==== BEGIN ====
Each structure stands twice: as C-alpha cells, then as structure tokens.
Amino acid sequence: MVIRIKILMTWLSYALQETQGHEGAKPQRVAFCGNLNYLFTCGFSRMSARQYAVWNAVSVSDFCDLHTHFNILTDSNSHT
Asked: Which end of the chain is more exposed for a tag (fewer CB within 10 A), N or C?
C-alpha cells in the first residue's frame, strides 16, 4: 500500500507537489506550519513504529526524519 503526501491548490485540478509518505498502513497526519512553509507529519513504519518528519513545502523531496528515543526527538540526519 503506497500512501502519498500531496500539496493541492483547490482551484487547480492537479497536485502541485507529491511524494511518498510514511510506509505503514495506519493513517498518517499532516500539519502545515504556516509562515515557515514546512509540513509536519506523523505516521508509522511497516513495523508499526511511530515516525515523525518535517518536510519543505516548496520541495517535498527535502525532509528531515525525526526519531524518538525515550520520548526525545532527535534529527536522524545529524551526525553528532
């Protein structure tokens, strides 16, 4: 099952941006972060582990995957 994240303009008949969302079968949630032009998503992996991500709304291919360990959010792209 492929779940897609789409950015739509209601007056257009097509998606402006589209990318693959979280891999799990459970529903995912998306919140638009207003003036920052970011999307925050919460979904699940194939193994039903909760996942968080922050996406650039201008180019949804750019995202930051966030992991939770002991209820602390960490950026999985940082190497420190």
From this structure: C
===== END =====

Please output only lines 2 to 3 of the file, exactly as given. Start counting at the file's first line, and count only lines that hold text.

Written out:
Amino acid sequence: MVIRIKILMTWLSYALQETQGHEGAKPQRVAFCGNLNYLFTCGFSRMSARQYAVWNAVSVSDFCDLHTHFNILTDSNSHT
Asked: Which end of the chain is more exposed for a tag (fewer CB within 10 A), N or C?